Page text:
How to stop fruit fly in your home garden

You can help stop fruit fly in South Australia through maintaining good cleaning practices in your garden at home.

A clean garden can help prevent fruit fly from reproducing by interrupting the lifecycle.

What you need to do if you're in a fruit fly outbreak

Use our checklist if you are living in a current fruit fly outbreak to help keep your garden clean and free from fruit fly.

Step 1: Keep home-grown fruit and vegetables on your property

If you are in an outbreak area, you must not remove fresh home-grown fruit, fruiting vegetables or garden waste from your property.

You cannot take fresh, home-grown fruit in lunch boxes for work or school.

You can still eat, cook or preserve them. Items that have been cooked or preserved are allowed to be removed from the outbreak area.

If in a suspension area, reduce or stop the movement of your fresh home-grown fruit or fruiting vegetables from your property (and do not remove them from the suspension area). The less movement of home-grown fruit, the less risk of potential spread of fruit fly. You can still eat, cook or preserve them.

Current fruit fly outbreak areas

Step 2: Check your home-grown fruit for fruit fly

Check your fruit by cutting it in half and looking for maggots. You can also look for blemishes on the skin of the fruit where the female fruit fly has laid eggs.

If you find maggots or anything that looks suspicious, place the fruit in an airtight container and contact the 24 hour Fruit Fly Hotline on 1300 666 010.

Learn how to identify fruit fly

Step 3: Clean up over-ripe or fallen fruit and place in your green bin

If you are in an outbreak area, collect fallen or over-ripe fruit and fruiting vegetables from around your property and place them in your green bin. Don't put them in compost.

Disposing of fallen or unwanted fruit the correct way (in your green bin), ensures the larvae do not survive. You can also call the Fruit Fly Hotline on 1300 666 010 to arrange collection.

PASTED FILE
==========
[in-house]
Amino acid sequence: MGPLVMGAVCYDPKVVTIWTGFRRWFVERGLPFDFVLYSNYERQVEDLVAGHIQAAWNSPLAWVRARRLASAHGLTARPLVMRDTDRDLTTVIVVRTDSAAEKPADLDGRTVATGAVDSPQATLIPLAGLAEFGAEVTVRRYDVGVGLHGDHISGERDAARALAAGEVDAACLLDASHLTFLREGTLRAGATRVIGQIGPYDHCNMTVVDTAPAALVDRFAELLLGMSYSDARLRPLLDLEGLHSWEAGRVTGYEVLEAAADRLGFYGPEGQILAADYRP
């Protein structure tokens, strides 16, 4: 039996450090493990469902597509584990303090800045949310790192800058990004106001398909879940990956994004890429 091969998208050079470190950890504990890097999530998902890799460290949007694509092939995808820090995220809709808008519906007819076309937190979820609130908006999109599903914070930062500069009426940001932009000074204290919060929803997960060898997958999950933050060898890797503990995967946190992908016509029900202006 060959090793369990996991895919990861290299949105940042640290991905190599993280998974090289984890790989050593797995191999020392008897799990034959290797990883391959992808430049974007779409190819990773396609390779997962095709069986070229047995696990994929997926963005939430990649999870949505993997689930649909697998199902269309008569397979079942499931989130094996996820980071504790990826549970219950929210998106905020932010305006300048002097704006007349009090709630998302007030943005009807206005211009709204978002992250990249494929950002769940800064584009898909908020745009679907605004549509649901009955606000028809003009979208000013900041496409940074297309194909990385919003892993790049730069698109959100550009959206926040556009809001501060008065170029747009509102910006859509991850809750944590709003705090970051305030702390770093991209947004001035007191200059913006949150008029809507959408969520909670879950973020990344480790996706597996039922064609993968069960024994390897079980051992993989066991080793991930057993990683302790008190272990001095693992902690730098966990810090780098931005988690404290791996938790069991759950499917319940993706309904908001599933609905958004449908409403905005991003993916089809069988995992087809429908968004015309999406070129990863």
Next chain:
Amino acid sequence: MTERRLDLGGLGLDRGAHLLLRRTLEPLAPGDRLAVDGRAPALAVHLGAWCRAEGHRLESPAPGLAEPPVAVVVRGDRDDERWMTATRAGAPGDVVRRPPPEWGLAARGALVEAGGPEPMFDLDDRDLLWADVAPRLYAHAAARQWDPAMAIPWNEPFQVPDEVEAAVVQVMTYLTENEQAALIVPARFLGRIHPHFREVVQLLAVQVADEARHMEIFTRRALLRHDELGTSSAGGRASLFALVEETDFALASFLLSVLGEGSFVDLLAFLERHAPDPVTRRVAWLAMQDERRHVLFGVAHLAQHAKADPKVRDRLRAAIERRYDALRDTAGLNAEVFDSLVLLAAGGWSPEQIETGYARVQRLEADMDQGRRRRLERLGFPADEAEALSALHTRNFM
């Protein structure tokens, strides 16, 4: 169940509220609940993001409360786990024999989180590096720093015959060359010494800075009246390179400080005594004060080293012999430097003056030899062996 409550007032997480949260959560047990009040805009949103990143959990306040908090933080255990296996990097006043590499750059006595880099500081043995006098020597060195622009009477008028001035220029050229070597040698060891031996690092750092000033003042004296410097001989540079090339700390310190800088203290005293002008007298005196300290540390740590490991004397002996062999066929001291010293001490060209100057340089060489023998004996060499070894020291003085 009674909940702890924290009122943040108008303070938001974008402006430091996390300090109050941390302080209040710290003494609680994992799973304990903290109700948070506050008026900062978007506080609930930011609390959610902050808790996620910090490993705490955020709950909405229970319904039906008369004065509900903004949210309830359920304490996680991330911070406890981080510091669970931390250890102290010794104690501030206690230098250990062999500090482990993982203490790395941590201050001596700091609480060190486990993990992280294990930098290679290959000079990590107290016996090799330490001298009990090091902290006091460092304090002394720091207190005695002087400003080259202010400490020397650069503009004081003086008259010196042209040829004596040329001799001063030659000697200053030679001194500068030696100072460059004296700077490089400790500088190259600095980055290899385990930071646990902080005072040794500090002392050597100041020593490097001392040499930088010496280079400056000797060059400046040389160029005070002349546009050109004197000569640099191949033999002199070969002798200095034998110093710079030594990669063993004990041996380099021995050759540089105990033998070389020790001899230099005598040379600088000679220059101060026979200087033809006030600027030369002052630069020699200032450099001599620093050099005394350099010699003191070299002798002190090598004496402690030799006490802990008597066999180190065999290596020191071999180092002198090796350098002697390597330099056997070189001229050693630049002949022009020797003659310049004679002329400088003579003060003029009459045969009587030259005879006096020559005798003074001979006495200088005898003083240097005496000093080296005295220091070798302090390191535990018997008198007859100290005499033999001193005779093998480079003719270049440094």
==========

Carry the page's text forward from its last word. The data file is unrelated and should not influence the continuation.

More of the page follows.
Trimming and pruning your trees makes it easier to harvest your fruit and eliminate potential sources for fruit flies from unharvested fruit left high up on tree branches.

Cleaning up fruit and vegetables from your garden helps prevents female fruit flies from finding a place to lay eggs.

Step 4: Use up leftover home-grown fruit - eat, cook or preserve it

If you are in an outbreak area, you can still eat, cook or preserve any excess home-grown fruit and fruiting vegetables.

Produce that has been cooked or preserved can be removed from the outbreak area - but make sure you keep all fresh produce on your property.

Step 5: Allow PIRSA access to your garden for organic baiting

Baiting is a critical step in eliminating fruit flies from outbreak areas. Allow easy access to your front and back gardens so PIRSA staff can do their work quickly. Fruit flies can live and feed in many trees and shrubs – not just fruit trees.

The bait used is certified organic and non-toxic, so it is safe around your family, pets, wildlife and fish ponds. It is most effective when applied to trees around your property, particularly host fruit fly trees to help eliminate fruit fly as quickly as possible.

All PIRSA staff are fully trained and vetted prior to employment, and always carry official photo ID. During visits, PIRSA staff will be wearing orange overalls.

During COVID-19 we'll make sure to follow social distancing measures, while keeping your backyard free of fruit fly.

All home gardeners can help fight fruit fly

Even if you are not in a fruit fly outbreak or suspension area, we still need your help to stop fruit fly in South Australia by maintaining good cleaning practices in your garden at home. You can help by:

Video - how to stop fruit fly in your backyard

Watch and learn how to stop fruit fly in your backyard in our short video.

Page Last Reviewed: 26 May 2020
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